L-R: Prof Brad Spiller; Dr Lucy Jones and Prof Tim Walsh

Ahead of World AMR Awareness Week (18 - 24 November), researchers from the Ineos Oxford Institute for antimicrobial research (IOI) came together to bring to life the dangers of AMR, one of the biggest public health threats facing the world today.

The Sex Bomb Party highlighted how common STIs, such as gonorrhoea, are already becoming resistant to antibiotics and this could be more widespread by 2040. This event kicks off the wider campaign, #NotInOurLifetime, which aims to raise awareness of antimicrobial resistance (AMR): one of today’s biggest global health threats. 

AMR occurs when microbes (bacteria, viruses, fungi) develop the ability to resist the action of antibiotics that would otherwise kill them or prevent them from growing. The emergence of AMR is accelerated by the overuse and misuse of antibiotics in humans and animals, as well as lack of research and innovation to develop new antibiotics.

Gonorrhoea is the second most common bacterial STI in the UK, with over 82,000 cases being reported in 2022, an increase of 50.3% (54,961) compared to 2021. The infection has already caused fatalities in the UK and is at risk of becoming increasingly untreatable in the future due to the rapid rise of AMR. 

It’s not just common STIs that are already resistant to antibiotics. 92% of bacteria that cause urinary tract infections (UTIs) are resistant to at least one common antibiotic, and 80% are resistant to two[1]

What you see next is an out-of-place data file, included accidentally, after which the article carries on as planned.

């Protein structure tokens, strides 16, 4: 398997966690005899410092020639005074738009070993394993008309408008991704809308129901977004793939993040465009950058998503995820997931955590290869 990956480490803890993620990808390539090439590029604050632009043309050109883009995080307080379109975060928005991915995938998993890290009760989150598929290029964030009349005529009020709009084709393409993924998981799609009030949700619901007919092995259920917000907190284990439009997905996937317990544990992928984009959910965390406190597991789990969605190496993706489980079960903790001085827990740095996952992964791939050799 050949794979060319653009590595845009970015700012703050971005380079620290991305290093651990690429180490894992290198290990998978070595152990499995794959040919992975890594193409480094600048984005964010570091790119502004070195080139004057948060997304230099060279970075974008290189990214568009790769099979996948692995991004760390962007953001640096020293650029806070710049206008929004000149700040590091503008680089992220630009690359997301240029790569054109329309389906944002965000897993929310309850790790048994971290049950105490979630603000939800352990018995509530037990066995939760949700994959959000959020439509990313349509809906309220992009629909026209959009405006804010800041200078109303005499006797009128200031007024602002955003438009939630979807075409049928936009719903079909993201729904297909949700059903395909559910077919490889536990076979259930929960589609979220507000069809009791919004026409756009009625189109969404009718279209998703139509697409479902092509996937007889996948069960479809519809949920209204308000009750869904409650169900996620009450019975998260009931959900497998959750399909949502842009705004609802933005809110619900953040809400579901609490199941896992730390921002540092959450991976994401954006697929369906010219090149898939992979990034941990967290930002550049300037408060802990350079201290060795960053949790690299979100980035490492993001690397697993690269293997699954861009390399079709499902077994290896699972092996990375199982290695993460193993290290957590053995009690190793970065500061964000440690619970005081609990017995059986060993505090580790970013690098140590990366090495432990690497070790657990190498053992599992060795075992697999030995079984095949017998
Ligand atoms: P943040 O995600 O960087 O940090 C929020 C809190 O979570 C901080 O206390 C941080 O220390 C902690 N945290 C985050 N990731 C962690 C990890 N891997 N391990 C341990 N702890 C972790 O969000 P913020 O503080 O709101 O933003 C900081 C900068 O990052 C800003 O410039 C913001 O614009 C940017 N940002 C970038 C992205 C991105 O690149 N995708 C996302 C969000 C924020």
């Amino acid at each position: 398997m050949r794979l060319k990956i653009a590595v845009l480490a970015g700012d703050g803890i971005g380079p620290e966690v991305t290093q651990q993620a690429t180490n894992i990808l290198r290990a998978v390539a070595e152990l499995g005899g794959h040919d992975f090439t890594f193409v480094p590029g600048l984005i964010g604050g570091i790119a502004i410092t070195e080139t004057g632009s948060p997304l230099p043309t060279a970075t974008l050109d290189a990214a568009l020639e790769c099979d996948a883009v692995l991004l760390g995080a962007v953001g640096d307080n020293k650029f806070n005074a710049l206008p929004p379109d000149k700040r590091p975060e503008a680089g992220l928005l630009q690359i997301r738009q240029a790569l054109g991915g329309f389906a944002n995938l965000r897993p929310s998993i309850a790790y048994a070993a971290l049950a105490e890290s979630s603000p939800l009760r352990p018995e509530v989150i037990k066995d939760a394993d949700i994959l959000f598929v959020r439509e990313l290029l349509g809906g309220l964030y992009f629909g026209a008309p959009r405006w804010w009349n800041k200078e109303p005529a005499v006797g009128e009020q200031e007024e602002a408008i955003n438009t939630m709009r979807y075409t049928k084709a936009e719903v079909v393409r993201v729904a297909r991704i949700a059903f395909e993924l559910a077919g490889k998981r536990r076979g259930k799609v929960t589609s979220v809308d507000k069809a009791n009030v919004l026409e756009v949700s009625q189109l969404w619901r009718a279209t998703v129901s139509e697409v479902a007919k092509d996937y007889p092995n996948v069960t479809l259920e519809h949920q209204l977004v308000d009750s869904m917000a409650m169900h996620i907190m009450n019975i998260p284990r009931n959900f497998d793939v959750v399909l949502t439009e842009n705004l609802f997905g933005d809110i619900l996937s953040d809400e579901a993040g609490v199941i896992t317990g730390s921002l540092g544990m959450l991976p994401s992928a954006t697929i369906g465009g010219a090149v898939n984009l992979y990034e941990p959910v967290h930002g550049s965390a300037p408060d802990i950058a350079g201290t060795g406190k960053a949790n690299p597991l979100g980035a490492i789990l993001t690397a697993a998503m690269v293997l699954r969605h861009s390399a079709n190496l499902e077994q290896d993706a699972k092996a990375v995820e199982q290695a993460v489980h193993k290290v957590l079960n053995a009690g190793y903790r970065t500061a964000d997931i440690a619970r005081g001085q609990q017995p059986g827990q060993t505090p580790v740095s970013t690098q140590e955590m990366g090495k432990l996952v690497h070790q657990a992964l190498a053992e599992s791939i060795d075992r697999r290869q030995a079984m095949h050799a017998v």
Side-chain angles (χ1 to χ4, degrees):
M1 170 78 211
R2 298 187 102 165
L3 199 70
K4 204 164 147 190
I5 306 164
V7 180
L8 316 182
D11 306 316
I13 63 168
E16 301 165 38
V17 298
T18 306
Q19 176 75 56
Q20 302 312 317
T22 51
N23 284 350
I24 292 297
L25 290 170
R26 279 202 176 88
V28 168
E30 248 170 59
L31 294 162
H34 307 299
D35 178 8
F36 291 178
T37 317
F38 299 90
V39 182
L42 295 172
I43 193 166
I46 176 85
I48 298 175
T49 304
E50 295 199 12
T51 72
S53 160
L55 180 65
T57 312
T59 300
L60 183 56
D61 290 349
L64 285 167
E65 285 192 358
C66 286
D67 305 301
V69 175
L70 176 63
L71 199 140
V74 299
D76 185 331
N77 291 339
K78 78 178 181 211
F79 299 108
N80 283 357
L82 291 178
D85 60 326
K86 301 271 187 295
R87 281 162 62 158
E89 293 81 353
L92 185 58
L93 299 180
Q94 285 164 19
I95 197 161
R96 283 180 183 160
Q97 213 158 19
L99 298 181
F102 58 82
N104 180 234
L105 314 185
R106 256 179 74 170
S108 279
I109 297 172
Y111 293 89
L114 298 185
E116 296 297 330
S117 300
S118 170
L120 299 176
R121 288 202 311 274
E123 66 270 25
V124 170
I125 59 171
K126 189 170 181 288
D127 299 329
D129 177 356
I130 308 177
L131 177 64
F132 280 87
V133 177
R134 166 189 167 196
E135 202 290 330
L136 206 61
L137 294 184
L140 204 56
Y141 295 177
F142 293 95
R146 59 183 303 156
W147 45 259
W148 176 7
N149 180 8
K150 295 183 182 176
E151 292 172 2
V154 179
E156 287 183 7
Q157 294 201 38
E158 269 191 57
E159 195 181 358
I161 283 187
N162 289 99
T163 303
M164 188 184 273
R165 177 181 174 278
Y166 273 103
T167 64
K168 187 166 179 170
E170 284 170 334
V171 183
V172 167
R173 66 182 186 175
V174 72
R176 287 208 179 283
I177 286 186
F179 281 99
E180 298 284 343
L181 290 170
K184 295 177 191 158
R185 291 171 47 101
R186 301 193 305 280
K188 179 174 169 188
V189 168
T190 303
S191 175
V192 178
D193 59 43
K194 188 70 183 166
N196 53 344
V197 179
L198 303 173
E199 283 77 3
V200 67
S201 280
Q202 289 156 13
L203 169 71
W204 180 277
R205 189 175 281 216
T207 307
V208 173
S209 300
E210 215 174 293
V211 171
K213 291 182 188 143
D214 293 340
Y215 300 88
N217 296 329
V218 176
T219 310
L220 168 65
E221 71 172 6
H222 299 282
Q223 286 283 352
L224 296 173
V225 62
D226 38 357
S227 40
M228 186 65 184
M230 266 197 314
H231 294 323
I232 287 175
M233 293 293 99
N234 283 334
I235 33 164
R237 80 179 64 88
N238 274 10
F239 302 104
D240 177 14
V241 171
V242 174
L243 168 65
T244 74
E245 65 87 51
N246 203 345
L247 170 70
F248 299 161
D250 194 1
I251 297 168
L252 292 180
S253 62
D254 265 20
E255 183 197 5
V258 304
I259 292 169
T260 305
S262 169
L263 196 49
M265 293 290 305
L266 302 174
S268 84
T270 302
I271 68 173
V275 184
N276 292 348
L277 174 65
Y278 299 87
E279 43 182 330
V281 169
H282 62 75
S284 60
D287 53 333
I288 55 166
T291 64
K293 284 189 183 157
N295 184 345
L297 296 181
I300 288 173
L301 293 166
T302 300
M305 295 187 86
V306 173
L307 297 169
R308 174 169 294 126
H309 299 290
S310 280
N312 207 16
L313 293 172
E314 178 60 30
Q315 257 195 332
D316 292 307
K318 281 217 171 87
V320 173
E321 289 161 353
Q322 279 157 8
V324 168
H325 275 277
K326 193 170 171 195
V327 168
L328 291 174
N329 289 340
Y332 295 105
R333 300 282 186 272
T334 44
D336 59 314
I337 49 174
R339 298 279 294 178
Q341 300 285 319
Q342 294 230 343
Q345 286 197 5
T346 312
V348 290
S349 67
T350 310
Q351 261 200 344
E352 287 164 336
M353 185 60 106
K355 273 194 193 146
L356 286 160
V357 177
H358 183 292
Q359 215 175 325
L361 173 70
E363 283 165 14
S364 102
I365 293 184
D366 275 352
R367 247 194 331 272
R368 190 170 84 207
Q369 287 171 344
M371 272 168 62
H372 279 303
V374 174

The Sex Bomb party propelled the reality of how AMR will impact lives into mainstream culture through interactive games, visual galleries and timelines, TED-style talks and karaoke.

In attendance at the event, Prof Timothy Walsh, Research Director at the Ineos Oxford Institute for antimicrobial research (IOI) stated: 

Due to a lack of investment in research, we haven’t discovered a new class of antibiotics for almost 40 years. Without the development of new solutions to combat the rise of bacterial resistance to current antibiotics, we will inevitably return to a pre-antibiotic era. Common medical procedures such as C-sections or hip replacement surgery could carry high risks.

Prof Timothy Walsh

Baroness Natalie Bennett, Member of the House of Lords and Secretary of the All Party Parliamentary Group on Antibiotics, pressed on the need for urgent government funding to discover new antibiotics:

Antimicrobial resistance is one of the leading global public health threats facing humanity today, however public awareness about the impacts AMR will have on our lives is worryingly low. Without increased funding for new antibiotics, our everyday life could be extremely dangerous. The government has to invest in new research before it’s too late.

Baroness Natalie Bennett

Other AMR experts in attendance included Dr Nick Brown, Consultant Medical Microbiologist, Cambridge University Hospitals NHS Trust; Prof Brad Spiller, Head of Microbiology at the University of Cardiff; and Dr Lucy Jones, Senior Clinical Lecturer and Associate Specialist, Cardiff University and Cwm Taf Morgannwg University health board.

Just like sex, other activities that we take for granted could become highly dangerous due to AMR. Sport-related injuries, ear infections, burns and scrapes could all become harder to treat. Sex Bomb, is the start of a series of activations aimed to raise awareness about AMR and encourage people to sign a petition calling for the government to take action to prevent the life-threatening consequences of AMR in the next 10-20 years.

To get involved in the campaign and the movement for increased AMR research funding, sign the petition here www.notinourlifetime.org